If your customers are located within the European Union or European Economic Area, it is critical to understand this regulation. US businesses’ are required to comply with this regulation if they control or process the personal data of individuals within the EU or EEA.
Frozen pipe claims are horrible to live through and can displace your family from your home during the holidays.
On Dec. 5, 2016, the Federal Motor Carrier Safety Administration (FMCSA) issued a final rule that aims to improve roadway safety by establishing a National Drug and Alcohol Testing Clearinghouse.
Under the final rule, motor carriers and other employers of commercial motor vehicle (CMV) drivers must use the Clearinghouse to ensure that current and prospective employees do not have any unresolved drug and alcohol violations that render them ineligible to operate a CMV. Employers will also be required to report information about positive drug test results, alcohol test results greater than 0.04 blood alcohol content, refusals to test and other non-test violations of FMCSA’s drug and alcohol regulations.
These requirements take effect on Jan. 6, 2020, the date that the Clearinghouse is scheduled to become operational. Employers, CMV drivers
- Will allow motor carriers and other employers to identify drivers who are ineligible to operate a CMV.
- Will contain information about violations by employees who are subject to drug and alcohol testing under FMCSA regulations.
- Employers must use the database to ensure current and prospective employees do not have unresolved violations.
- Jan. 6, 2020—Employers must begin using the Clearinghouse and must also make manual inquiries with former employers.
- Jan. 6, 2023—Employers will no longer be required to request data from a driver’s previous FMCSA-regulated employers.
What information will the Drug and Alcohol Clearinghouse contain?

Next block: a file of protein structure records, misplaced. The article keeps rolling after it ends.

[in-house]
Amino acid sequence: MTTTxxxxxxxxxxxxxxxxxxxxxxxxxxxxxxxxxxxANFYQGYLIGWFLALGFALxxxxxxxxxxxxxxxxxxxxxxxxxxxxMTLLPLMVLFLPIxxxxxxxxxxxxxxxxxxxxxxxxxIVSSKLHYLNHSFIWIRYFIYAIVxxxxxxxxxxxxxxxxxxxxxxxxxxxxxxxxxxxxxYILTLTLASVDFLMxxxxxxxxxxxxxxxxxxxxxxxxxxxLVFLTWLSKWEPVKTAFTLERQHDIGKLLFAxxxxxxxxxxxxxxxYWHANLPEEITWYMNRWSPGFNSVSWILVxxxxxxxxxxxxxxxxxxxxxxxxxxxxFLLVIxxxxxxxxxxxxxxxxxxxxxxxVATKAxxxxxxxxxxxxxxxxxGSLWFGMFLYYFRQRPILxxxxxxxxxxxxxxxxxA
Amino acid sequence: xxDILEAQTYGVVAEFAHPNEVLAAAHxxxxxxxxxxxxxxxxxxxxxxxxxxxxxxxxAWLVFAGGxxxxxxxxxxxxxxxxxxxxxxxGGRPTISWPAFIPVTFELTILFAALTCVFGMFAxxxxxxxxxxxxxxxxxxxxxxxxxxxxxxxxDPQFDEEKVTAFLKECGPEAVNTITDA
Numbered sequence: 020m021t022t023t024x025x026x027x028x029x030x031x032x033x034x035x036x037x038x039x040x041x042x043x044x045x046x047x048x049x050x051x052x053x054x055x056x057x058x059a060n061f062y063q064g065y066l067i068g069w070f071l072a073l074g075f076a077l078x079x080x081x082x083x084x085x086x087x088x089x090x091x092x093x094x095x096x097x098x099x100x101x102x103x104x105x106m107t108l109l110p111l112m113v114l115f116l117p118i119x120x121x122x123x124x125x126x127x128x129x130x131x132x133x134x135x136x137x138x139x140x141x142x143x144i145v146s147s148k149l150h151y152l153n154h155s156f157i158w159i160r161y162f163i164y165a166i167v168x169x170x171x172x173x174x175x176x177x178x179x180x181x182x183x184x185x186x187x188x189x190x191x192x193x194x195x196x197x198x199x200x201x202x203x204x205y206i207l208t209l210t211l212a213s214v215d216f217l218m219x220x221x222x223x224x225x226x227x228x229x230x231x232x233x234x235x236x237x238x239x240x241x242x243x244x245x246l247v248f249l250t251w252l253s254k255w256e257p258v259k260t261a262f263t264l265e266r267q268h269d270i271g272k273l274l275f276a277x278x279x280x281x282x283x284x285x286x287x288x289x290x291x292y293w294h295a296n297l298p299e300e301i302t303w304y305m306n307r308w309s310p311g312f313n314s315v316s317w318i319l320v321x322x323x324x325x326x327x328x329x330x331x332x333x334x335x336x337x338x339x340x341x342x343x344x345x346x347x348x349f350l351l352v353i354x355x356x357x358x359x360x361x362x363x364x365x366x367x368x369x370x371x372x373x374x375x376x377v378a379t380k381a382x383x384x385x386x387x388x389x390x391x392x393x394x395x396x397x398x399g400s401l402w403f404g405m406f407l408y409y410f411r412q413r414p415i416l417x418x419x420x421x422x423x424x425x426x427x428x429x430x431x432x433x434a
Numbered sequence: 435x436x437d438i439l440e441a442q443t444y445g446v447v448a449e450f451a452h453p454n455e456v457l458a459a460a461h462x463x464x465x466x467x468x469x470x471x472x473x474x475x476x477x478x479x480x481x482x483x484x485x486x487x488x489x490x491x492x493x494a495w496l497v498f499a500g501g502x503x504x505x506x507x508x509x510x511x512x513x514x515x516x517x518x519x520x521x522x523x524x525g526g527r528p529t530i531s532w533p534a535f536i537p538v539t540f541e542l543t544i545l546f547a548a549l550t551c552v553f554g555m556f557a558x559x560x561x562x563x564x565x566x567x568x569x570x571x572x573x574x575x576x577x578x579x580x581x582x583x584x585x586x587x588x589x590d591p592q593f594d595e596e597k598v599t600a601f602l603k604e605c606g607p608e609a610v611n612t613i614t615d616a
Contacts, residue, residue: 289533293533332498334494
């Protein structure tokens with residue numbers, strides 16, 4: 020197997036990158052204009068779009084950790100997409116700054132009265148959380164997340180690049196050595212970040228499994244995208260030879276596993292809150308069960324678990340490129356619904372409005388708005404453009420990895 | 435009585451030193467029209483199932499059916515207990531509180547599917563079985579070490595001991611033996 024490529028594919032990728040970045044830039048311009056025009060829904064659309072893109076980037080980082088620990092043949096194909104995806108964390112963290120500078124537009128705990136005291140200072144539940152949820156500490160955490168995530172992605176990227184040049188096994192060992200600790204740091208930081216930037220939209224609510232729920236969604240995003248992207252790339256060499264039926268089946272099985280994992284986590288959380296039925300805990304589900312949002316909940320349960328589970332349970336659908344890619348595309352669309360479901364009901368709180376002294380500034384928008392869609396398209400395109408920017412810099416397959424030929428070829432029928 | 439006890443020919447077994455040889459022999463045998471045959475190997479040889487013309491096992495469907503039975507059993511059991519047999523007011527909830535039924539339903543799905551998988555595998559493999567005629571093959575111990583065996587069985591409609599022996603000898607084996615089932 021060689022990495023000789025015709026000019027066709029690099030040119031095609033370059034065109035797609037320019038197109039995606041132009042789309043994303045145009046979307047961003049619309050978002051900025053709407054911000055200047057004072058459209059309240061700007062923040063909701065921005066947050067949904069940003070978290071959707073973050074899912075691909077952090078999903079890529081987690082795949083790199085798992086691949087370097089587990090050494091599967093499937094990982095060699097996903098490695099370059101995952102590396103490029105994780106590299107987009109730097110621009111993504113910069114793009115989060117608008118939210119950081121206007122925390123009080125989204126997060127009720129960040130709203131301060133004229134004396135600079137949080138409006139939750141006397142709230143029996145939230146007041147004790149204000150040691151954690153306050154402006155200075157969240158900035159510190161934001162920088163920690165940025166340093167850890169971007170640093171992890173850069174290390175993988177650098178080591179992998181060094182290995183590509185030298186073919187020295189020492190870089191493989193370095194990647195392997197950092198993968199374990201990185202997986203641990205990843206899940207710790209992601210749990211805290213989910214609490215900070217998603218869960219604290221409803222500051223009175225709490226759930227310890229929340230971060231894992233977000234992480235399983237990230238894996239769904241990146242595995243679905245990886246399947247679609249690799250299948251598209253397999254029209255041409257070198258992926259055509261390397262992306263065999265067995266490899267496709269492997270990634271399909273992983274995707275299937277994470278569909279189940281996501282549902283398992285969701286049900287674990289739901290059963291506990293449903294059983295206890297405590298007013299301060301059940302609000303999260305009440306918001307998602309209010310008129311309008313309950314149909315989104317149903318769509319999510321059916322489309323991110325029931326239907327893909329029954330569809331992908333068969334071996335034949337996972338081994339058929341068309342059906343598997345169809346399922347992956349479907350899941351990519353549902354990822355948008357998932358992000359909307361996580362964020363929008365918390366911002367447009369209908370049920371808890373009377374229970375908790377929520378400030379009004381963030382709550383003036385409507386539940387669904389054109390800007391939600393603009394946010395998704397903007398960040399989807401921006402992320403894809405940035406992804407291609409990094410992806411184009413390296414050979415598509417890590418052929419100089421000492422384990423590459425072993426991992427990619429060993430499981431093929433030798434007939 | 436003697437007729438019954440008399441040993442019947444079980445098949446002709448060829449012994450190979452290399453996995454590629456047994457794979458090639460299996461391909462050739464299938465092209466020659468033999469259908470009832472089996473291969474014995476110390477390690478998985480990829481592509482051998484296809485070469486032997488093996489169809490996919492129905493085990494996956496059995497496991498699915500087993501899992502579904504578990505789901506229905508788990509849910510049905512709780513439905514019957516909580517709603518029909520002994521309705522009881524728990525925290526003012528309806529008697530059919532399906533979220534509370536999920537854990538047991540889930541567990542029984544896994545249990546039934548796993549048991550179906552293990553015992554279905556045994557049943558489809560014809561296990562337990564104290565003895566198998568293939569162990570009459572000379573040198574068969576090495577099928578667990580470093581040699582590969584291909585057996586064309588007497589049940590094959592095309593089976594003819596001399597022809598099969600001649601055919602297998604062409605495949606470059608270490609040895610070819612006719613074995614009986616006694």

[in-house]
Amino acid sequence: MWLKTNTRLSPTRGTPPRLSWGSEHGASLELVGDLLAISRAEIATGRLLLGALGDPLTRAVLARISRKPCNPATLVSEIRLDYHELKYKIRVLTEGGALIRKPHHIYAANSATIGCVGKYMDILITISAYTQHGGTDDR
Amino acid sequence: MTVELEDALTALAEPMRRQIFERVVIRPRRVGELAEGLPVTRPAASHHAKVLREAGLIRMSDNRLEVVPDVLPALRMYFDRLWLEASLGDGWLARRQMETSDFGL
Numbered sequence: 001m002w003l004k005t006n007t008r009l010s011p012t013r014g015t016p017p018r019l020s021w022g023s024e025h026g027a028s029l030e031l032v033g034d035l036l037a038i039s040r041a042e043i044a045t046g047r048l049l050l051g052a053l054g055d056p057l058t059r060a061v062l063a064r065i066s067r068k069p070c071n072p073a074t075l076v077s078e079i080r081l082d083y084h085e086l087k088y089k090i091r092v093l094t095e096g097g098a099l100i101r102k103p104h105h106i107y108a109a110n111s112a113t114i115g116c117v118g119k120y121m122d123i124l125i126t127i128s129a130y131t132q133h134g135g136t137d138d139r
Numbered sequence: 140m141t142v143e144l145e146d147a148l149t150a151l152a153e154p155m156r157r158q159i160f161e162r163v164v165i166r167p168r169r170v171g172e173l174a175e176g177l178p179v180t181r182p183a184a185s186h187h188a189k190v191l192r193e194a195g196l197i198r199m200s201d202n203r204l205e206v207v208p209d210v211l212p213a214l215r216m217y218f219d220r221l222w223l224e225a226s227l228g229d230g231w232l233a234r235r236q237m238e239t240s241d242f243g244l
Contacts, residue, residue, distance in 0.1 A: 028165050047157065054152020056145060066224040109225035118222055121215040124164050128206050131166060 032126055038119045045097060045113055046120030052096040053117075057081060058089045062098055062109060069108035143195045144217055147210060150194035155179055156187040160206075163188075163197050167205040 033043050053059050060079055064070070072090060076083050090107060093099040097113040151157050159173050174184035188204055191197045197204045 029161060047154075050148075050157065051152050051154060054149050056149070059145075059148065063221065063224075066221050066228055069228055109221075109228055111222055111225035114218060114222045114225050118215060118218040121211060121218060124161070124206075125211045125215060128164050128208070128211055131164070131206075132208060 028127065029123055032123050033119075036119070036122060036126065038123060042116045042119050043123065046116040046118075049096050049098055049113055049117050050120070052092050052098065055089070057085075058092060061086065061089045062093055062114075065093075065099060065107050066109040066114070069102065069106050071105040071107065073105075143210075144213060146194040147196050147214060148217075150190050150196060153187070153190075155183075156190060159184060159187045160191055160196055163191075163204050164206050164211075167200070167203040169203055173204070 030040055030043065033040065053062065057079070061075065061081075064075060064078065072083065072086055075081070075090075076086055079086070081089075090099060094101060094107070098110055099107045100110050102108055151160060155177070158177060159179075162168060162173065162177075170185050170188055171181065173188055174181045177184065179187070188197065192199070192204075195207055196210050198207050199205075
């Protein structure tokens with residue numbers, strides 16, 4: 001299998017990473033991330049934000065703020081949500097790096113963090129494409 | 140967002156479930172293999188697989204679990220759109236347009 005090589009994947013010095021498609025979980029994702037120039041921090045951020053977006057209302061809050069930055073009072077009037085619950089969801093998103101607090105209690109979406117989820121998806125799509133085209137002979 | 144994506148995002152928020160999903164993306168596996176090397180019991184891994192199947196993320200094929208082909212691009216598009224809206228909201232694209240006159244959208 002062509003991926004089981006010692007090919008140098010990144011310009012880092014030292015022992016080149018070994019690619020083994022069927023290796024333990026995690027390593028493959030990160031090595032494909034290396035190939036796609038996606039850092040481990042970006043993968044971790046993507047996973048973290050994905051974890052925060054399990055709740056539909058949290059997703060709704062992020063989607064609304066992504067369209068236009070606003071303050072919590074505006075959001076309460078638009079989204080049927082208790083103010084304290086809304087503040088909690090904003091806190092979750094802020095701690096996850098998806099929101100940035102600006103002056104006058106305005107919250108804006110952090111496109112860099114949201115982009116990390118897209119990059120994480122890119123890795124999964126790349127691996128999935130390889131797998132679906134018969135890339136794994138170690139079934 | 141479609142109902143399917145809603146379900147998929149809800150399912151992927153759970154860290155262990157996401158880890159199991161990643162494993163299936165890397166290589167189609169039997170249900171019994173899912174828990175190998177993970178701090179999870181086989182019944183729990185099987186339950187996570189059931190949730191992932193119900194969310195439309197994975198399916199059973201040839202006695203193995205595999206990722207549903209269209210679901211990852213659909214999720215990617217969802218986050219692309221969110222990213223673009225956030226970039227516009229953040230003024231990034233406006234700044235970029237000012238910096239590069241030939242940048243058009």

The Clearinghouse will contain records of violations of drug and alcohol prohibitions in 49 CFR part 382, subpart B, including positive drug or alcohol test results and test refusals. When a driver with a drug and alcohol program violation completes the required Return-to-Duty (RTD) process, this information will also be recorded in the Clearinghouse.
Who is authorized to use the Clearinghouse?
To access the Clearinghouse (once it is operational), a user must request access from the FMCSA by registering. Authorized users will include:
- Motor carriers and other employers with drivers operating CMVs that require a commercial driver’s license (CDL) or commercial learner’s permit (CLP);
- CDL/CLP drivers;
- Consortium/third-party administrators;
- Medical review officers;
- Substance abuse professionals;
- State driver licensing agencies; and
- Federal and state enforcement personnel
Will a prospective employee’s drug and alcohol violation history with Department of Transportation (DOT) modes other than the FMCSA be available in the Clearinghouse?
No. The Clearinghouse will contain only drug and alcohol program violation information for employees subject to the testing requirements under the FMCSA regulations in 49 CFR part 382. Employers must continue to request information from previous employers if an employee was subject to DOT drug and alcohol testing required by a DOT modal administration other than FMCSA (as required by §391.23(e)(4)(B)).
May employers report the results of non-DOT drug or alcohol tests to the Clearinghouse?
No. Only results of DOT drug tests, alcohol tests or test refusals may be reported to the Clearinghouse. While employers may conduct drug and alcohol testing that is outside the scope of the DOT testing requirements, positive test results or refusals for such non-DOT testing may not be reported to the Clearinghouse.
What actions will drivers be able to take in the Clearinghouse?
Drivers will need to log into the Clearinghouse in order to electronically consent to requests from prospective and current employers that need to access full details about any drug and alcohol program violations as part of an employment-related background check. This is the only valid method for an employee to respond to this type of employer consent request, and failure to provide timely consent may result in a driver being prohibited from performing safety-sensitive functions for that employer.
Drivers may log in to the Clearinghouse to view their individual driver record at any time. Also, if a driver chooses to engage a Substance Abuse Professional (SAP), he or she must select the SAP through the Clearinghouse to initiate the RTD process.
How are employers and Consortium/Third-Party Administrators required to use the Clearinghouse?